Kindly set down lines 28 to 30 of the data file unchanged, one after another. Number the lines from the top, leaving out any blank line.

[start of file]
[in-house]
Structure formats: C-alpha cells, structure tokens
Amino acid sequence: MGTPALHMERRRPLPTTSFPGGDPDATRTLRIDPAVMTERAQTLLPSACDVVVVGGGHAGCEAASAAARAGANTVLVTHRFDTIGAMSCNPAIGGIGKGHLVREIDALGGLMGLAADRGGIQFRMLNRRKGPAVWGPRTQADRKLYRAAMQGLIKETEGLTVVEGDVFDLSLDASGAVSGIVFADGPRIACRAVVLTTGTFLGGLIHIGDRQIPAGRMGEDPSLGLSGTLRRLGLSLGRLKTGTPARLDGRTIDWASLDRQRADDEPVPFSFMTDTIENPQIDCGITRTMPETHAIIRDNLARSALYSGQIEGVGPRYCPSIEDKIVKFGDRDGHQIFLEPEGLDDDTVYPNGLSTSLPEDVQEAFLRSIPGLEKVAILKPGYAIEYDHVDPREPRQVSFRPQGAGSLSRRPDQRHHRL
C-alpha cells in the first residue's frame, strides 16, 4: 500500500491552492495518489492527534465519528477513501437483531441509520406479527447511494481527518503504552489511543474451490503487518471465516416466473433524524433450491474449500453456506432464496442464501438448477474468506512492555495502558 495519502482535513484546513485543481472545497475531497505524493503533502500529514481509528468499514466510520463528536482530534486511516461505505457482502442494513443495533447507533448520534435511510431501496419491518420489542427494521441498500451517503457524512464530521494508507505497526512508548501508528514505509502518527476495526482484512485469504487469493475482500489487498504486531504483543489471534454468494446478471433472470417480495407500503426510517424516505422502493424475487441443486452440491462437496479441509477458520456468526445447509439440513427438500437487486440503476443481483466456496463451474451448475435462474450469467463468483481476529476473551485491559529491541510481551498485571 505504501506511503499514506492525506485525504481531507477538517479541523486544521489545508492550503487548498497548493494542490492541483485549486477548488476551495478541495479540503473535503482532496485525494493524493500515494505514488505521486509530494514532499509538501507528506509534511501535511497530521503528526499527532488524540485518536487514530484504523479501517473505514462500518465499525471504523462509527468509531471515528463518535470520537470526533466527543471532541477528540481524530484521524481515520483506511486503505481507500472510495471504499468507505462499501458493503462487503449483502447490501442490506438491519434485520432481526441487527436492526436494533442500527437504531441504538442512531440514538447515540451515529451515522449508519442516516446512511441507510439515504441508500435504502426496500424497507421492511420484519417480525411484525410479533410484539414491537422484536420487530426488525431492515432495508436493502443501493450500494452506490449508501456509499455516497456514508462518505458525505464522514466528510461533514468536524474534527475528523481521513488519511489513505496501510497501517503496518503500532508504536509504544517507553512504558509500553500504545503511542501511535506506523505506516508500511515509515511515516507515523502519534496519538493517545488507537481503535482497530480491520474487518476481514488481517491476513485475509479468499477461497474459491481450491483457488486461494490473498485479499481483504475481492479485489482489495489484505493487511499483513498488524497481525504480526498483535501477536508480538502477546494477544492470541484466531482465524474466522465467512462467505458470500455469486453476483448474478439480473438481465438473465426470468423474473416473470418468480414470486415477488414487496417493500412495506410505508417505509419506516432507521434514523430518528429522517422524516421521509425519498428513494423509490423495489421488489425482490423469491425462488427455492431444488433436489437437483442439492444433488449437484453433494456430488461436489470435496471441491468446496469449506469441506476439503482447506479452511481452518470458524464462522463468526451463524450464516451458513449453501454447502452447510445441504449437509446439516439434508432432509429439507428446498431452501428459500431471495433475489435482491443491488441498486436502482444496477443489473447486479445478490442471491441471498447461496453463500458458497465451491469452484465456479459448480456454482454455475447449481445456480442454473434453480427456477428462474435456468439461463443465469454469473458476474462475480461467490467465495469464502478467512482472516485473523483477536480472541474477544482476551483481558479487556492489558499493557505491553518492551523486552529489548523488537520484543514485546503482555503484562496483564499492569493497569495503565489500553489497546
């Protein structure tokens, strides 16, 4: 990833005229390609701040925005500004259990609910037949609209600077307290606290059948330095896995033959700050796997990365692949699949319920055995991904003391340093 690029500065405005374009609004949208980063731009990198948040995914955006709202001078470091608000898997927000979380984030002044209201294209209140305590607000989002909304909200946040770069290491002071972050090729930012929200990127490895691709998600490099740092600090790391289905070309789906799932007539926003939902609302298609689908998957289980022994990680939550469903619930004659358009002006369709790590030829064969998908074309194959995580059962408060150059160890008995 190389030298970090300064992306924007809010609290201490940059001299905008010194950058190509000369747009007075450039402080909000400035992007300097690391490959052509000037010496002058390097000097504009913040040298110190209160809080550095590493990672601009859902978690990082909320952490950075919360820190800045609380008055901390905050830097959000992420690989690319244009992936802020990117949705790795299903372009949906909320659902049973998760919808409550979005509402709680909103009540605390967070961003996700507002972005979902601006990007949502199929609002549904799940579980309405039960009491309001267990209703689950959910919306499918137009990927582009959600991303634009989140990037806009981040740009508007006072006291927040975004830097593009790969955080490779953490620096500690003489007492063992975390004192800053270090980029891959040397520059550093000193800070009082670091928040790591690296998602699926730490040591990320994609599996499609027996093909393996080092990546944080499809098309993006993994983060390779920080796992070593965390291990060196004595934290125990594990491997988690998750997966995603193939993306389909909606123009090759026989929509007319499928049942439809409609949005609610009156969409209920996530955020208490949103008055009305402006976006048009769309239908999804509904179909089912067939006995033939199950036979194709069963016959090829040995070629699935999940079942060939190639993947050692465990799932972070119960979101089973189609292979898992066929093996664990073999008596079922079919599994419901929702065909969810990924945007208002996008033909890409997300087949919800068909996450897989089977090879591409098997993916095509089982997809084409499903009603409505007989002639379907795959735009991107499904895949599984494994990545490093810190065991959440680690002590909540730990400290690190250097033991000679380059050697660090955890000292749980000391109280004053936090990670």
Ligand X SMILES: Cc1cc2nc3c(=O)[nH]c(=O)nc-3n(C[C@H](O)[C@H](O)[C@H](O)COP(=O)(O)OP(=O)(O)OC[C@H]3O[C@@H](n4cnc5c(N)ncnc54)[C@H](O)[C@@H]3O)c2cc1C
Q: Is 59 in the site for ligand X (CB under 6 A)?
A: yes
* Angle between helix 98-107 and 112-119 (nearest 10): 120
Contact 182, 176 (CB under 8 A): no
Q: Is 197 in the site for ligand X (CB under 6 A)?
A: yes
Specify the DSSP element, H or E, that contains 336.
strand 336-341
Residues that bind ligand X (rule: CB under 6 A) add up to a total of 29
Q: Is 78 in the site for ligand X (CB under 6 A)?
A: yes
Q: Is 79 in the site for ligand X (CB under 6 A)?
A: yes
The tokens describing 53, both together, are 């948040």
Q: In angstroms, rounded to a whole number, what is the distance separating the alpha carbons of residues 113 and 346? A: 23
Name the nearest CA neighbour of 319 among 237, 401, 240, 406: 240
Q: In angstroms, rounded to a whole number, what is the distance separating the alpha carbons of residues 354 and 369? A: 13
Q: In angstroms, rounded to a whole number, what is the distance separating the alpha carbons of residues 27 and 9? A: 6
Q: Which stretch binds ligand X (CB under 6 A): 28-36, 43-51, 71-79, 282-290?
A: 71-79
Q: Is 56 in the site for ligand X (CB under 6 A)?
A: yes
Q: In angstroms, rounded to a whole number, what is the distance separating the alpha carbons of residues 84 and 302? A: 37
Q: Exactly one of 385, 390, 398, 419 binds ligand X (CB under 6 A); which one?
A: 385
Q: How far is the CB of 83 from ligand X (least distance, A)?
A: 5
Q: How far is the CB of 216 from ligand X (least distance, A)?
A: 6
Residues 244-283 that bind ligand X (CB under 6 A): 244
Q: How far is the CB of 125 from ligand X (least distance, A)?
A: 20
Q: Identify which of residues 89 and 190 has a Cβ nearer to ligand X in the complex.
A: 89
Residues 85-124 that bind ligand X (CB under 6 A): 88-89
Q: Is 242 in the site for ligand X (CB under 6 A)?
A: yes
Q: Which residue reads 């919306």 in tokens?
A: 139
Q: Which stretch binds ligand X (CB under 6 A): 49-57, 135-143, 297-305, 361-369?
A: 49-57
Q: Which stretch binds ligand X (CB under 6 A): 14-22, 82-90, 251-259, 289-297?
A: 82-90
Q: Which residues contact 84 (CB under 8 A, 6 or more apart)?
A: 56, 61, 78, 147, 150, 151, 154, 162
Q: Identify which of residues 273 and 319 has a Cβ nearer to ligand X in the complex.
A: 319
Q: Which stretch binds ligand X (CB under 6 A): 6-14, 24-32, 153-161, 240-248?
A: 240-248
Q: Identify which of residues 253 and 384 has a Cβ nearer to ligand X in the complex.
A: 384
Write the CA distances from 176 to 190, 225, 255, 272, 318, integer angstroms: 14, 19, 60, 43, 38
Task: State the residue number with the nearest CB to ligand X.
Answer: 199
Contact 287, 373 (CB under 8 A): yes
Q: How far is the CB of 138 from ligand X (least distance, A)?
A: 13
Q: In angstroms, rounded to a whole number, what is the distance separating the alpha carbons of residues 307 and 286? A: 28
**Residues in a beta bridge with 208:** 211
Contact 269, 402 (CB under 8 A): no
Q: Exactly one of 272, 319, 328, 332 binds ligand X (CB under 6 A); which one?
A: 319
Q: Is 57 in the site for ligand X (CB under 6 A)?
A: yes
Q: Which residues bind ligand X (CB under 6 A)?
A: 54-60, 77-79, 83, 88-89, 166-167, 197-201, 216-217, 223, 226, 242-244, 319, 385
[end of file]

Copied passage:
A: yes
Q: In angstroms, rounded to a whole number, what is the distance separating the alpha carbons of residues 84 and 302? A: 37
Q: Exactly one of 385, 390, 398, 419 binds ligand X (CB under 6 A); which one?